In a previous post, I explored the three-fold division of philosophy into logic, physics, and ethics which originated among the early Stoics, and which was widespread in Hellenistic philosophy. In this post, I’d like to explore how this same triple division can apply to Indian philosophy.
First, let’s briefly recap the Hellenistic classification. Each of the major divisions of philosophy can be summarized in a basic question, as follows:
- Logic: How do we know (anything at all)?
- Physics: Using the tools of logic, what do we know about (the nature of) what there is?
- Ethics: Given how the world is, how should we act?
In the philosophies of classical India, the same three questions come up, in a way that at first seems very different. But on closer examination, the Indian examples not only reinforce the three-part division in general, but also provide strong support for Zeno’s view that ethics necessarily follows after logic and physics in an appropriate sequence.
In Indian philosophical writings, we mostly find two different conversations being carried on by two different groups of authors. The first conversation addresses the topics which Indian thinkers call “the study of the instruments of knowledge” (Sanskrit: pramāṇavāda) and “the study of the objects of knowledge (Sanskrit: prameyavāda). These two topics directly parallel the first two divisions of Hellenistic philosophy: logic and physics, in the broad traditional sense of both Greek terms. The “instruments of knowledge” are the ways in which we come to know anything at all about the world. Different philosophical schools disagree about exactly what these instruments are, and about how they work, but common candidates include sense-perception, inferential reasoning, reasoning from analogy, and learning things from the testimony of reliable experts. In trying to make a list of the ways in which we can know things, and determining the limits of what those instruments of knowledge can (and cannot) tell us, the Sanskrit philosophers are doing the work of epistemology. The “objects of knowledge,” meanwhile, are all the things that we come to know. This topic includes taking an inventory of what does (and does not) really exist in the world, and explaining how all those parts of the world fit together (through relationships like cause-and-effect, parts-and-wholes, processes of creation and destruction, the dependence of certain classes of things upon others, etc.). This exactly answers to the Hellenistic notion of physics, or the modern subject of metaphysics and ontology.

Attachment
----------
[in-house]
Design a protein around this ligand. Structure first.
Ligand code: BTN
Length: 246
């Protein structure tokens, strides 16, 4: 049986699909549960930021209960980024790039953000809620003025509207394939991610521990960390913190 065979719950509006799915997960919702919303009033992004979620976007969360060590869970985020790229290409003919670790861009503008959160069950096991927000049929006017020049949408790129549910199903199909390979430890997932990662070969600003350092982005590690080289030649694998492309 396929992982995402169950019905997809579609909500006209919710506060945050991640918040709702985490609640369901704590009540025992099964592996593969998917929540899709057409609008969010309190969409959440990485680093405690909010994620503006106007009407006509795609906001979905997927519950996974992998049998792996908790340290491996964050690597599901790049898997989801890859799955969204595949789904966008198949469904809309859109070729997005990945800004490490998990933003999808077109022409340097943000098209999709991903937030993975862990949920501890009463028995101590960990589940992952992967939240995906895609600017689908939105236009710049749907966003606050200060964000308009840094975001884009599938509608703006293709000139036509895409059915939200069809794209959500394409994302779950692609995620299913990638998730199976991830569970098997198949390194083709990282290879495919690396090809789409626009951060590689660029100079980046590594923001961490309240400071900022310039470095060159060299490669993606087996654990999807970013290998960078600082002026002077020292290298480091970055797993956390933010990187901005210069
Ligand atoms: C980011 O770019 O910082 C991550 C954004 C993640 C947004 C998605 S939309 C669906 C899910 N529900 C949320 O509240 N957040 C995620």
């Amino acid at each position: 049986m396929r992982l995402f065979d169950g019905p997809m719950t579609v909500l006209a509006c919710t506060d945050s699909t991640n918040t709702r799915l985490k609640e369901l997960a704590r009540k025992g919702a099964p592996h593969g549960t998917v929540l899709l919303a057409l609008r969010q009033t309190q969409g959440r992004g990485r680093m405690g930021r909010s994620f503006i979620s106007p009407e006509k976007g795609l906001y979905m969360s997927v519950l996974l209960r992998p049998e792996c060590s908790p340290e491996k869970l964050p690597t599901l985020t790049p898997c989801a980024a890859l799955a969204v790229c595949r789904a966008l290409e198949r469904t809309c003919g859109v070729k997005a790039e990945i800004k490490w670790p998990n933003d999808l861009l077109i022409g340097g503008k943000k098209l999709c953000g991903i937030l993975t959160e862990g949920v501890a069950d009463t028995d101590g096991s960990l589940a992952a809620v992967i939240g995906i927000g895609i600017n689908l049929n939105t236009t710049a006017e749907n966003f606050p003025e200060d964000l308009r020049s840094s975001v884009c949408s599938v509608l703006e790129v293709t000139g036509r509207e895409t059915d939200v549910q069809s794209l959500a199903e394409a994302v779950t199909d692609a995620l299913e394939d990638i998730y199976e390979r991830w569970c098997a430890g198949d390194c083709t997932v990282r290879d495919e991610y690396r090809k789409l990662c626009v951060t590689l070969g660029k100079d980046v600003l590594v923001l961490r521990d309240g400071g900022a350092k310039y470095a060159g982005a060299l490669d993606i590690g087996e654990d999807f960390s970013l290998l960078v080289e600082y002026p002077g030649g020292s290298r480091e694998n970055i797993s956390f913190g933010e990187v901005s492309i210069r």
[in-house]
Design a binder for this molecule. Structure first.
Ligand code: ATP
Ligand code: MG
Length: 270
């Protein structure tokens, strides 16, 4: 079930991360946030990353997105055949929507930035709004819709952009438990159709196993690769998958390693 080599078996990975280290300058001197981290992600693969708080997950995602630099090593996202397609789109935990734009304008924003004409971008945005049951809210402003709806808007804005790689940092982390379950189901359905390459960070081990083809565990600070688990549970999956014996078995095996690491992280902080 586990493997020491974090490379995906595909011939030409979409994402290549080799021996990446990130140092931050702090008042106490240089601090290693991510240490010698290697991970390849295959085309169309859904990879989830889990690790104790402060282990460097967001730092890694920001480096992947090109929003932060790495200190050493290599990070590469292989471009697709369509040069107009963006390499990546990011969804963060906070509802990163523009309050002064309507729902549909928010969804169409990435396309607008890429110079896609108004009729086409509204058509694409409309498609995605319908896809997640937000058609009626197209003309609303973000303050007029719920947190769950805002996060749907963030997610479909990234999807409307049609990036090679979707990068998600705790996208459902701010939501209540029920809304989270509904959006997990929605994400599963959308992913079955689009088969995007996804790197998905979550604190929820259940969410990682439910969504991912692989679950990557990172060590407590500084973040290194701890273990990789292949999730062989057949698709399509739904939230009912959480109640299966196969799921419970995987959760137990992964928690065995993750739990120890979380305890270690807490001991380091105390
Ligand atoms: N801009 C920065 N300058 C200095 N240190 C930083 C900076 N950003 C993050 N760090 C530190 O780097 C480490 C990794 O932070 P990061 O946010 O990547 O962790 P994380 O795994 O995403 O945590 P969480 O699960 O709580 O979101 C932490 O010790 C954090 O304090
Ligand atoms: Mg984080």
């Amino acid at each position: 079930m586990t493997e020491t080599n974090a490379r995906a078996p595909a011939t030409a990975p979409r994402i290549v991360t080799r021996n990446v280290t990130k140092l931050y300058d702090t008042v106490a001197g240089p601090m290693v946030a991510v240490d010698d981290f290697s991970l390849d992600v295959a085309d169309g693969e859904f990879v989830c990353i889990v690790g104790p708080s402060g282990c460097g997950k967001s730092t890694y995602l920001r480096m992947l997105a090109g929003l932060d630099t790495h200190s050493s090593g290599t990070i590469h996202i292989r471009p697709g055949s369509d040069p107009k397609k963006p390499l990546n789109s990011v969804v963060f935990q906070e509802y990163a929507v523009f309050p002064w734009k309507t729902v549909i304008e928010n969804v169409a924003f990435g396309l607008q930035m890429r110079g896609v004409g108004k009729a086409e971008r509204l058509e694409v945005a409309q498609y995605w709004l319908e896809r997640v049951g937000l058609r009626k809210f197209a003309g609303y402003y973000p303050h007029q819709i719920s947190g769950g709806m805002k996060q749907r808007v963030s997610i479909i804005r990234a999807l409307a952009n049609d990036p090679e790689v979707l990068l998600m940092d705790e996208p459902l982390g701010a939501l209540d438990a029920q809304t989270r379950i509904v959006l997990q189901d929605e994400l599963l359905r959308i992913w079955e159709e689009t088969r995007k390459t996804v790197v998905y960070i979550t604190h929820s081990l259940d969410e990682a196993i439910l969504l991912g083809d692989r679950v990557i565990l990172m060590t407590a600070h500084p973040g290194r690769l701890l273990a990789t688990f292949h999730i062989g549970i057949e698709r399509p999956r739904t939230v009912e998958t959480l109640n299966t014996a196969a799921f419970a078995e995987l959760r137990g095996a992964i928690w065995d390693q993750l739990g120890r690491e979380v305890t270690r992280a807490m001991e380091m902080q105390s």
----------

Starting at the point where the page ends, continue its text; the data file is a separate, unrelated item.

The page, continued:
Tellingly, in almost every case that we find thinkers from all different branches of Hinduism, Buddhism, and Jainism writing on this core pair of topics—the instruments and objects of knowledge—they are directly quoting and responding to thinkers from outside their own tradition. We see that philosophers from all these traditions are debating with each other, carrying on a single, centuries-long conversation about when and how knowledge is possible, what the basic structure of the world is, and what things really exist.
With precious few exceptions, however, the philosophers in this first conversation never write about ethics. Rather, ethical texts in India are written by different people, as part of a different conversation—or rather, as part of a large number of different conversations. We find Buddhist authors writing ethical advice for other Buddhists, Hindu authors giving practical guidance to their co-religionists in the same Hindu traditions, and so on. Unlike the writers on the instruments and objects of knowledge, we do not find Indian writers carrying on one unified conversation about ethics across different traditions. Instead, philosophically-grounded writings on ethical topics are addressed to an audience of people who are already convinced of the metaphysics of the author’s particular school. (This need not mean that these authors are writing for an audience of people highly trained in prameyavāda or metaphysics. It can simply involve an audience who, at whatever vague, general level accept the basic cosmology and worldview of a given tradition. The key point is the division of different ethical texts for different traditions, each targeted at a sympathetic, internal audience.)